During my time in the Temple University ACM, we threw a few LAN parties. For a few of them, I was in charge of network/server operations. I decided that it'd be nice to share how we had our LANs set up so that other people could hopefully gain something useful from our experience.
We just used a standard P4 machine that we had laying around. The only hardware modification is that we added extra ethernet cards to it so that we can keep some traffic separate. When setting up the machine, we chose to use Ubuntu Linux. All of the games that we were serving has services that would run on Linux, plus Ubuntu has packages available for Samba file sharing, HTTP, and DHCP services. While installing Ubuntu, we decided to use a software RAID0 so speed up disk access. Everything else was a default install.
Serving Game Files
Most of the games we were playing were open source. Since we didn't have an internet connection in the room, it made sense to include things like Urban Terror and Wolfenstein: Enemy Territory right on our server for people who may not have already had them installed. This is where our Samba server and extra network cards came in handy. We didn't want download traffic to interrupt people who were already in the middle of a game, so we dedicated one of the ethernet cards for Samba traffic and shared out all of our game files. Now, anyone could walk it, grab some software without bugging other people, and go!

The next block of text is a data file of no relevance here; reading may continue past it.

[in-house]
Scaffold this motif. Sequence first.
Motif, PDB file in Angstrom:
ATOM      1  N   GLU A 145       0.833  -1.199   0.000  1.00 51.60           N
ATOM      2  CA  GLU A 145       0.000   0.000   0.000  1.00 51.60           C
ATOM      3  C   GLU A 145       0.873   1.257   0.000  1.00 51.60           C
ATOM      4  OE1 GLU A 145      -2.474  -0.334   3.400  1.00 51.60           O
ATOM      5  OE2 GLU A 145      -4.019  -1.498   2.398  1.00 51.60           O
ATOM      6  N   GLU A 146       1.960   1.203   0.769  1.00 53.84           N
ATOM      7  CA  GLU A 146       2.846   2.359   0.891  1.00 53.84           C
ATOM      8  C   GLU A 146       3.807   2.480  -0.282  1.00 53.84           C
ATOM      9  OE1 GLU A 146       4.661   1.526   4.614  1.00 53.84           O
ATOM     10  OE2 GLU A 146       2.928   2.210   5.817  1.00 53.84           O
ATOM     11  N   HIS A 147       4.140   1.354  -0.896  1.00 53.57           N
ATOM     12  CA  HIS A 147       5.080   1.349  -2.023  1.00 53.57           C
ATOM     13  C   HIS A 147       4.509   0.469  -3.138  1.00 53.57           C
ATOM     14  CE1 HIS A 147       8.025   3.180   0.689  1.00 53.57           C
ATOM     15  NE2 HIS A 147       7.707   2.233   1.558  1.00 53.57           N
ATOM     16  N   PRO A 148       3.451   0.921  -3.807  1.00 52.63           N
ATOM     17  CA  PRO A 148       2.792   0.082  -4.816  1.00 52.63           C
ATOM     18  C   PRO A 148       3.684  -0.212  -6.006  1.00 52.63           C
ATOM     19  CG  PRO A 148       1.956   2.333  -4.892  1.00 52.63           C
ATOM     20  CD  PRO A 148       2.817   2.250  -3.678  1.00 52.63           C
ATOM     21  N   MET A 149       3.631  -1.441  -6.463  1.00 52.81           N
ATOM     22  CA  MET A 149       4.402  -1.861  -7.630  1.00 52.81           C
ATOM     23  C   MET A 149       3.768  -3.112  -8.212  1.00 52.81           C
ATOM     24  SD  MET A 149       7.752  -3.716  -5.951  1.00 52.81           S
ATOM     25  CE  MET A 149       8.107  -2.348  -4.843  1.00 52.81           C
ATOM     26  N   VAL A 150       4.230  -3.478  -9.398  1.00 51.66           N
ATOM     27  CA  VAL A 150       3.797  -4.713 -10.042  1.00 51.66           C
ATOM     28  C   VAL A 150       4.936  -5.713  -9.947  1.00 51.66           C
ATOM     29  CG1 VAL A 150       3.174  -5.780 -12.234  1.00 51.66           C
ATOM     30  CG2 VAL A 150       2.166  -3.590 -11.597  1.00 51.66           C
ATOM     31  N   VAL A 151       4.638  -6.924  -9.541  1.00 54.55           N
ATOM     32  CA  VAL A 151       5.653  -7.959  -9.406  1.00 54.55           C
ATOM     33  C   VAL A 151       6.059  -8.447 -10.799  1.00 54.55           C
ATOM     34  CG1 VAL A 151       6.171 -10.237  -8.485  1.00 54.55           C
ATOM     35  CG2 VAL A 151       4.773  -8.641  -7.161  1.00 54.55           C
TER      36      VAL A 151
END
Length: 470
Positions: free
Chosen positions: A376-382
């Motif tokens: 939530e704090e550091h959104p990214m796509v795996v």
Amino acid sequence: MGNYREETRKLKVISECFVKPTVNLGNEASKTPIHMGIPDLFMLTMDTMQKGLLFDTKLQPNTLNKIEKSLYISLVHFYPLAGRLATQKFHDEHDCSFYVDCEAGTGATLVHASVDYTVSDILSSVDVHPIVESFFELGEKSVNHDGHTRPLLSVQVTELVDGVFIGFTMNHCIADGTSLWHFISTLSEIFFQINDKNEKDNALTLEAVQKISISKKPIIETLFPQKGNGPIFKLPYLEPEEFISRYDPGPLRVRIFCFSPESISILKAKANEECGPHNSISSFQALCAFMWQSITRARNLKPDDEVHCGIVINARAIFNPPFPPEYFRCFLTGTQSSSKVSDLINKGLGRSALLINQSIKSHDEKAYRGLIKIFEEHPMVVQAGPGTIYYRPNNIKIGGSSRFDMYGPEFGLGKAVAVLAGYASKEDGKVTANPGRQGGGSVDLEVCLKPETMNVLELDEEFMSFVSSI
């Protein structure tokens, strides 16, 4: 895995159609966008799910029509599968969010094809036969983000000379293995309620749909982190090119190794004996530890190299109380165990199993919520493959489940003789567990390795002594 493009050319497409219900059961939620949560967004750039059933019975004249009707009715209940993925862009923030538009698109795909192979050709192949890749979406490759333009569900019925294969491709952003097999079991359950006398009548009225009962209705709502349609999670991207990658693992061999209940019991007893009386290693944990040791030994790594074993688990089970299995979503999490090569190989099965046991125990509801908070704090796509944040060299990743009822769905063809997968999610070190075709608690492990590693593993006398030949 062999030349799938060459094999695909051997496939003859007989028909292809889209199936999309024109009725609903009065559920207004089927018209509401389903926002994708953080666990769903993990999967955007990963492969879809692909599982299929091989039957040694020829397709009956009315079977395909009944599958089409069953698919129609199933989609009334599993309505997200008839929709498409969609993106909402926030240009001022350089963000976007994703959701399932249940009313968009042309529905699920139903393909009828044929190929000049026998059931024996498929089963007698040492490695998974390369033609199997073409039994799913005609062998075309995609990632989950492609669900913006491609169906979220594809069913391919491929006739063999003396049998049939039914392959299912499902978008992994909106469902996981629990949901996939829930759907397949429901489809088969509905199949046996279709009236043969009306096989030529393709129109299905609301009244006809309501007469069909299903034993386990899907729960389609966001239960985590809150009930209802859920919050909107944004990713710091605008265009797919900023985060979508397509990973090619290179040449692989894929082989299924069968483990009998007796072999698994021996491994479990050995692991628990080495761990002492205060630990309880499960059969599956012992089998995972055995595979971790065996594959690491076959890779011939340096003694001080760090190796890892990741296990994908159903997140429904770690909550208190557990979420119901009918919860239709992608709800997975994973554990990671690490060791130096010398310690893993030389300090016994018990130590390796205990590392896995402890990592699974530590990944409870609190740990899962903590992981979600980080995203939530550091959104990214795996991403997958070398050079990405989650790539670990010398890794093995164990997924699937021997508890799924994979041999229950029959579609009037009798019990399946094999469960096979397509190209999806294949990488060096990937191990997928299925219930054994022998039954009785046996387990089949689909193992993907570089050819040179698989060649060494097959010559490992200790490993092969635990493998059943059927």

Once people had the files they needed, they could connect to our game server. Once again, our added ethernet cards came in handy. We would launch one or two game servers per network card, ensuring that we didn't encounter any lag due to high volume. Each game service was launched manually in a separate terminal so that the sever admin could keep an eye on things. This way, we could catch problems as they happened.
So, how did people know where to find our Samba share? How did they know the server IP/ports for the different games? Simple: We set up a website and wrote that URL on our white board. Once a player plugged in and booted, they could navigate to this URL and get all of the general info they needed to hop into the fray. Ubuntu had a package for Drupal, so we used a default Drupal install and went from there. We added things like the game download location, the location of the different game servers, how to install the software and connect to our servers, and the default user names and passwords for said services. This way, each player had a way to help them selves -- they didn't have to keep asking the port number for Urban Terror. Instead, they could just look it up!
Added Bonus - HTTP Services
So, we had to install Apache in order to host Drupal. When playing Urban Terror and Enemy Territory, we sometimes played on maps that users didn't already have. One of the cool things that these games can do is to defer a user to an HTTP URL in order to download said maps. So, we bound our HTTP services to yet another card and used it to host our general information and game maps. This ensured that users got a fast map download without interrupting the users who were in progress.
This setup worked really well for us. I've been to LAN parties in the past where a late-comer meant a good 20 minutes of lag while they connected to the server to get what they needed. Thanks to our setup, we encountered no lag, minimized confusion, and kept everyone doing what they came to do -- have fun and goof off!